HOUSTON – A U.S. district court judge has denied a series of requests from three Houston-area churches seeking money from the Federal Emergency Management Agency to make repairs to their buildings damaged by Hurricane Harvey.

U.S. District Judge Gary H. Miller of the Houston Division of the Southern District of Texas in an order signed on Dec. 7 ruled against Harvest Family Church, Hi-Way Tabernacle and Rockport First Assembly of God.

The plaintiffs were seeking a temporary restraining order, request for hearing and an injunction order to excuse them from the exclusion policy under the First Amendment because they are religious organizations. The churches sued FEMA claiming its policy violated their rights under the Free Exercise Clause of the First Amendment.

According to the opinion, to receive disaster relief grants, a private nonprofit must own or operate an “eligible facility.” This would include a facility that offers a non-critical but key government services.

The churches acknowledged that they utilize more than half of their space for religious activities, while they met other funding requirements. They asserted that they were denied funding because they are religious organizations.

In its defense, FEMA maintained that the plaintiffs didn’t suffer any real injury.

Moreover, FEMA also pointed out that it has not denied the churches’ applications for funding. Instead, they are on hold while it reviews its policy.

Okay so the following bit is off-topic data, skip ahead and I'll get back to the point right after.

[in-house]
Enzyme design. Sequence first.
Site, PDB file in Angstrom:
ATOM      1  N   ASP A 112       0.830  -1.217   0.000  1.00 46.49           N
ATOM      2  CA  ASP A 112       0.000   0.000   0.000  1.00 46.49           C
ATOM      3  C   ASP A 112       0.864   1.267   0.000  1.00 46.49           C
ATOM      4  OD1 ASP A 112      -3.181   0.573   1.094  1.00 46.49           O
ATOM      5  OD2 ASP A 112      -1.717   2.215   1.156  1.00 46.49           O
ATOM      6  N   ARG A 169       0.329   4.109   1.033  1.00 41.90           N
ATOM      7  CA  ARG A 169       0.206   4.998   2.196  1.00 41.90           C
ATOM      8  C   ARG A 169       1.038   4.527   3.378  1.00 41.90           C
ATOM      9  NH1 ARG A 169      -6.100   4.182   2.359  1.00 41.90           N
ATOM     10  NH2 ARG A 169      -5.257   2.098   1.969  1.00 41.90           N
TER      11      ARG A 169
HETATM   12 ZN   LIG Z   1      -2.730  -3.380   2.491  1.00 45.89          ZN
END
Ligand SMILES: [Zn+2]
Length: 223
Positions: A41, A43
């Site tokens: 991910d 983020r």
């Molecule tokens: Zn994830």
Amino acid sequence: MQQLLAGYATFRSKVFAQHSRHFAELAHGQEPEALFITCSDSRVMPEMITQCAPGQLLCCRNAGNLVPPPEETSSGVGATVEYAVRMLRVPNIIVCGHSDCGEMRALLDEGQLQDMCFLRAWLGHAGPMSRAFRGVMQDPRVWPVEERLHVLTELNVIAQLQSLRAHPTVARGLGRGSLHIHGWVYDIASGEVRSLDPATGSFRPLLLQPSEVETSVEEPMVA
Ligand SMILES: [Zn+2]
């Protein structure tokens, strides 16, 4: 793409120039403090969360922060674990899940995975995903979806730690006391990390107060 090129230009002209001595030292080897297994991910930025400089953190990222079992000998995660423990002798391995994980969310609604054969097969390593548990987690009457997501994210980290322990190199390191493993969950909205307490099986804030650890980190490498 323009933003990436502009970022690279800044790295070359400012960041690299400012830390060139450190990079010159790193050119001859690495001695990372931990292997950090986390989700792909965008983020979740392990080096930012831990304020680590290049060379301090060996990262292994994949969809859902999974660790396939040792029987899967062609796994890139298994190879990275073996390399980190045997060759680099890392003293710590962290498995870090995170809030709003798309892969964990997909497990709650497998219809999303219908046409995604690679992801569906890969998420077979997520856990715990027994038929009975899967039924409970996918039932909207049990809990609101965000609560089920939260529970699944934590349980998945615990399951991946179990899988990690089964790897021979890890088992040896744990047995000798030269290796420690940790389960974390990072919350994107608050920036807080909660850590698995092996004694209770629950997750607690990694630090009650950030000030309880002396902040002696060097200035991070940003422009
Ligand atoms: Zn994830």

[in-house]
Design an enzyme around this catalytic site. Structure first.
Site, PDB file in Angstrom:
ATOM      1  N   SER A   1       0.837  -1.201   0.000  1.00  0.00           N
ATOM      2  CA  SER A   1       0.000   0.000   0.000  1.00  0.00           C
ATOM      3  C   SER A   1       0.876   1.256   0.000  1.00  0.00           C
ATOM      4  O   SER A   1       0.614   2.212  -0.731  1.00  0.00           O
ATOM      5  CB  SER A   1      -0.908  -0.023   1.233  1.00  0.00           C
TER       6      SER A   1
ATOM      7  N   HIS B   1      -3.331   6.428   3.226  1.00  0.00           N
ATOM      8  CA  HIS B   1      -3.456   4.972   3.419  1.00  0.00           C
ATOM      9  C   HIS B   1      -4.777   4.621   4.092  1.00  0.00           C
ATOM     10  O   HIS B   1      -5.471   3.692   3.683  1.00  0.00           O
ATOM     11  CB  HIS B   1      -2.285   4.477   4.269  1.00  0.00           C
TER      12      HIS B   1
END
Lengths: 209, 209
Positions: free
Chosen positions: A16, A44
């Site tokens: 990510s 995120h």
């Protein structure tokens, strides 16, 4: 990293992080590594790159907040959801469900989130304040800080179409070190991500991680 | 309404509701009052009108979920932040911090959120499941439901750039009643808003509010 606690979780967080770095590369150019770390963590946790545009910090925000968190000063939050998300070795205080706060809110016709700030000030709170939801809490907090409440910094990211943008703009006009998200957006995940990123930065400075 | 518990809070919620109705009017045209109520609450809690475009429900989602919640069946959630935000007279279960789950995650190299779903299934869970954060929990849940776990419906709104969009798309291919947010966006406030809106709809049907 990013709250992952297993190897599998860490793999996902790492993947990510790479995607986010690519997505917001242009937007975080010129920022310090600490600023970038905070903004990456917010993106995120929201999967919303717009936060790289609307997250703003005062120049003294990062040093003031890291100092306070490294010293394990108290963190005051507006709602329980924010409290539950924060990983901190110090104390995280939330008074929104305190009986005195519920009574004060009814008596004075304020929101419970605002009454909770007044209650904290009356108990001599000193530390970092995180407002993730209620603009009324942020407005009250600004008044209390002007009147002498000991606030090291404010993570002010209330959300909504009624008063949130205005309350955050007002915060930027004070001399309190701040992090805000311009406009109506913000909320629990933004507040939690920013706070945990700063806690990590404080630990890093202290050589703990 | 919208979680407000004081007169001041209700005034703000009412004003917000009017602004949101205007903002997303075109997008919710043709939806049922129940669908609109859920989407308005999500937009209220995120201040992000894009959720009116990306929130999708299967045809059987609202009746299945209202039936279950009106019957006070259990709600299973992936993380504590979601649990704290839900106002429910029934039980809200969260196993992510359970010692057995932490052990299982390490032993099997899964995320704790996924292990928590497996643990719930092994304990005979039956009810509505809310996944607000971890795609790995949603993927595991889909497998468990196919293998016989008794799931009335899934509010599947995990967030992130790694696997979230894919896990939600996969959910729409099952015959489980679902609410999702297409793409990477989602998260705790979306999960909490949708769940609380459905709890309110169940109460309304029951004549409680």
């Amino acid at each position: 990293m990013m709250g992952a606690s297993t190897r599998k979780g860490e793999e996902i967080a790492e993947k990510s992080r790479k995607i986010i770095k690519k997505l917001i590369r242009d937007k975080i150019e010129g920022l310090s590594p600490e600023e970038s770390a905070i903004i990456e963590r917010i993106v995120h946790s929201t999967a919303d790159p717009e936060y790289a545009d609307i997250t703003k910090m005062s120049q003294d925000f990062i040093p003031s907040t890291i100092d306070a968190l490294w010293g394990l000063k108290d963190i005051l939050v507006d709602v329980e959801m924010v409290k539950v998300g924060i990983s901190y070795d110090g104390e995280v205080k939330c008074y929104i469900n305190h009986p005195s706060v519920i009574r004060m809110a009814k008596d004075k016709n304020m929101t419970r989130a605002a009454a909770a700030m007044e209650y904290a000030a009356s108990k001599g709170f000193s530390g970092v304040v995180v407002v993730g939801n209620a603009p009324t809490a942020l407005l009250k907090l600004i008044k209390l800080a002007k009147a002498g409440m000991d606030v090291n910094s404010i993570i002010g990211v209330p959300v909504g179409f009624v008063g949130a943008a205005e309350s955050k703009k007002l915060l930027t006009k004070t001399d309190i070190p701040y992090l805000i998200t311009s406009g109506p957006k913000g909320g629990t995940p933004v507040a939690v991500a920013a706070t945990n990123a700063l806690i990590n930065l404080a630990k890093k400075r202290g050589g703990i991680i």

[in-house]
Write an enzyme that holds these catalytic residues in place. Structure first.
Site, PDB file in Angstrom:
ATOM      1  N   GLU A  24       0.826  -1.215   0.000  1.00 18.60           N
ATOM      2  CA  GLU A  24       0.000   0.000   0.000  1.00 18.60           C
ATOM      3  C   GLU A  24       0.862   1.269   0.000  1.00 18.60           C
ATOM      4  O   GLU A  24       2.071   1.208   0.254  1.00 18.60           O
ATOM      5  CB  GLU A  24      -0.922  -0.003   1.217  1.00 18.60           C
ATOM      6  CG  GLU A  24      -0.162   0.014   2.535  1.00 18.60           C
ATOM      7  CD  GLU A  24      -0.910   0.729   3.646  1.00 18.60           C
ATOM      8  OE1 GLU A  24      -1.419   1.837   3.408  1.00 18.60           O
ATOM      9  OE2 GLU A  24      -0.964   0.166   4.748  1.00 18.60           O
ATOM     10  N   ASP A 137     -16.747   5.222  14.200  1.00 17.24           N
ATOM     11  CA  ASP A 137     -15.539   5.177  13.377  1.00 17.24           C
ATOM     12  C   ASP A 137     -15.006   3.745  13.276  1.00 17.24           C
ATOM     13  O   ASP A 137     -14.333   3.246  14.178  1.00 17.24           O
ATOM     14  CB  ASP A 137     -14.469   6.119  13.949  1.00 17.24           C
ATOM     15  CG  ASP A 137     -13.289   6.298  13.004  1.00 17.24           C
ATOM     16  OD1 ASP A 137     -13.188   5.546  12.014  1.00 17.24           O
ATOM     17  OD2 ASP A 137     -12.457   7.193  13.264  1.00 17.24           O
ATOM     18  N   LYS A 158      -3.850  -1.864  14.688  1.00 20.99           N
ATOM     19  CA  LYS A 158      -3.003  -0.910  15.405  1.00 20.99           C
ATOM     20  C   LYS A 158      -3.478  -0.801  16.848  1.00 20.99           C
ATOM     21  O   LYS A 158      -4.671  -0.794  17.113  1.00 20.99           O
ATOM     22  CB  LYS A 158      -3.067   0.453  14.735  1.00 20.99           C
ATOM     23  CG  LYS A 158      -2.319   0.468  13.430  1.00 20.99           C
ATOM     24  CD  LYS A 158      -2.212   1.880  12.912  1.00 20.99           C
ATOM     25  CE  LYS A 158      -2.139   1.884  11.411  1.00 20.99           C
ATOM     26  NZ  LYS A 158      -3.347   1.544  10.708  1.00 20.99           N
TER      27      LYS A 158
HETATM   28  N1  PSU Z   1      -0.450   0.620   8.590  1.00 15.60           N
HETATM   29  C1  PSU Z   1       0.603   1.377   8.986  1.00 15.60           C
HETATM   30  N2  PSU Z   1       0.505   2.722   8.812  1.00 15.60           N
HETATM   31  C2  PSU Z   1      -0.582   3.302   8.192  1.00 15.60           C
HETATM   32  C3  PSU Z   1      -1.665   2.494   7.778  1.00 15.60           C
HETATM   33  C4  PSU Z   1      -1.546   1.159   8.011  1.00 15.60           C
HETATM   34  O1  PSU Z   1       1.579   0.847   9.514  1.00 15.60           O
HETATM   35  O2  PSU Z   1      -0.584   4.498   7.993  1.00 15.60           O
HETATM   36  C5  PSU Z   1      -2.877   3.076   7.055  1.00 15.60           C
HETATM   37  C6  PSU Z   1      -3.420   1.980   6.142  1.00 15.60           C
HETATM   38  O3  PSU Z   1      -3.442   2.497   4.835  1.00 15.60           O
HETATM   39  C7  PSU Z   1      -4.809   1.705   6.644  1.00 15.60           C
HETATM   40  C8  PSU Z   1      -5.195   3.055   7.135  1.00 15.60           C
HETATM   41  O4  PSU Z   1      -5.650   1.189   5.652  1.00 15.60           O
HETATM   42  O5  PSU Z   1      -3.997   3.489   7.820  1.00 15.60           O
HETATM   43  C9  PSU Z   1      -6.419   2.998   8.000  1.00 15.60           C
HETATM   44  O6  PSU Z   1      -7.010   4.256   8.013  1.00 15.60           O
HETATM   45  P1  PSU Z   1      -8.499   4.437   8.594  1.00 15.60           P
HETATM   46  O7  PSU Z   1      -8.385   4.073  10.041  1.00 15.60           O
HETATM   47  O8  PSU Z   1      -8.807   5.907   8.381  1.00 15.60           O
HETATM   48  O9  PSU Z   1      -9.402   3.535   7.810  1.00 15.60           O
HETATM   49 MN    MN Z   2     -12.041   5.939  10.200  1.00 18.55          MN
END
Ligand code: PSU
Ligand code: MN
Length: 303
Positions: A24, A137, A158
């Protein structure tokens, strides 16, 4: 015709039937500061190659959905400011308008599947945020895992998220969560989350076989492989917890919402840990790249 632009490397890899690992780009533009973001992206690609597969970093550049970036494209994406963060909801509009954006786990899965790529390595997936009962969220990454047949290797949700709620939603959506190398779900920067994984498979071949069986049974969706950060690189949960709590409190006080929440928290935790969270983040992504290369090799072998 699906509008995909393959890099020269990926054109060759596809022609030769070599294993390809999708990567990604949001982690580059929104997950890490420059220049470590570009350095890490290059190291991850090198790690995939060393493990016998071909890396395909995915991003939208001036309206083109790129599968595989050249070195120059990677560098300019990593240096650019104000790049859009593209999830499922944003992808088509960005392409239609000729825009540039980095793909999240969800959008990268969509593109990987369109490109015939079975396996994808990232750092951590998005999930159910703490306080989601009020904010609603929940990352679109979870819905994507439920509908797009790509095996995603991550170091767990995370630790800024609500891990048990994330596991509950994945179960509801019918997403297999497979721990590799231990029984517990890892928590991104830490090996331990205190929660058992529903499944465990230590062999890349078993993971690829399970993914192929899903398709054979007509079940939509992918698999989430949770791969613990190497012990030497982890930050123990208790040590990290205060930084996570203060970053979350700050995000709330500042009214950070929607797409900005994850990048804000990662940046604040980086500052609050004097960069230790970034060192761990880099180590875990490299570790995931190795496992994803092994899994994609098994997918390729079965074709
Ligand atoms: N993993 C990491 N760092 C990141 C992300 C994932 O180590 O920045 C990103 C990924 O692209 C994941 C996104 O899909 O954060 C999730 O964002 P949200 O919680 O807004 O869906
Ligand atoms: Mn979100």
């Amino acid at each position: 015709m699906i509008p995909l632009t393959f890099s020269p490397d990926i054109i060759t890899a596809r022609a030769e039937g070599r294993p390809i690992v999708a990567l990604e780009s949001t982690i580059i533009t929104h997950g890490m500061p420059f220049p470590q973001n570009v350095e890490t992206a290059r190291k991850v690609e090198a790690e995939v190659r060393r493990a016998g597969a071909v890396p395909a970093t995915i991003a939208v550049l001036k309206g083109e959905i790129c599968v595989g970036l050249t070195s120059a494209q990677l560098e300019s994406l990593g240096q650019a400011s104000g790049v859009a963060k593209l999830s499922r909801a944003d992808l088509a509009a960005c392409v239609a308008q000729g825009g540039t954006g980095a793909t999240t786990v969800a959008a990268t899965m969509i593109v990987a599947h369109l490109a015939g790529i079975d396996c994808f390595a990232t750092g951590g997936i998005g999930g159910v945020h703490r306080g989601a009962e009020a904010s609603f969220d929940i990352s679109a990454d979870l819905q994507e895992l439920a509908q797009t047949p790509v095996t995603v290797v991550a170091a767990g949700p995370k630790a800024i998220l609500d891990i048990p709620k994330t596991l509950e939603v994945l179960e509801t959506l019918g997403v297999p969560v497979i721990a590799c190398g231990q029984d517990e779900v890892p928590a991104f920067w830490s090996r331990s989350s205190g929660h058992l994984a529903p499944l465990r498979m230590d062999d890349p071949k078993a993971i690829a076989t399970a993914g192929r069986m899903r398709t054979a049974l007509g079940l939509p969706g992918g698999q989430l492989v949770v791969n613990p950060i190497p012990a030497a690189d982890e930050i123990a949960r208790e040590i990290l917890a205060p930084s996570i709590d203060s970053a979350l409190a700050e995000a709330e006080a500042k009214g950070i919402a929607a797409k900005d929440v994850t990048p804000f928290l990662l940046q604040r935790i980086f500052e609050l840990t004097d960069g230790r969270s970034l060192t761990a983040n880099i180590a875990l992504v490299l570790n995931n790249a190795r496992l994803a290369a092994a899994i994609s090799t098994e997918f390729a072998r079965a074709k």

FEMA also noted it is hammering out the details of a new policy that could make the churches’ claims a moot point, the opinion states.

"Even though FEMA is in a holding period and has stopped denying applications, the policy’s plain language states that a facility primarily used for religious activity cannot receive funding,” Miller wrote in the Dec. 7 order. “Plaintiffs concede that they use their facilities primarily for religious activity. Undoubtedly, FEMA will deny funding to plaintiffs under the current policy. Thus, plaintiffs have standing.”

However, Miller noted the key question is whether the churches’ constitutional rights have been violated.

Miller noted that FEMA’s policy offers clear distinction for government use, requiring a private nonprofits provide “eligible services.”

“FEMA’s denial of funding is not because of plaintiffs’ status as religious institutions, but rather because they primarily use their facilities for religious activities,” he wrote.

Further, Miller noted that FEMA’s rules don’t target religious entities. It also holds that facilities used for “political, athletic, religious, recreational, vocational, or academic training, conferences, or similar activities are not eligible.”

"Because plaintiffs do not show a substantial likelihood of success on the merits, the motions for preliminary injunction and temporary restraining order are denied,” Miller concluded.

A request for a hearing on the motion for a temporary restraining order also was denied, while a motion for leave to submit an amici brief was granted.

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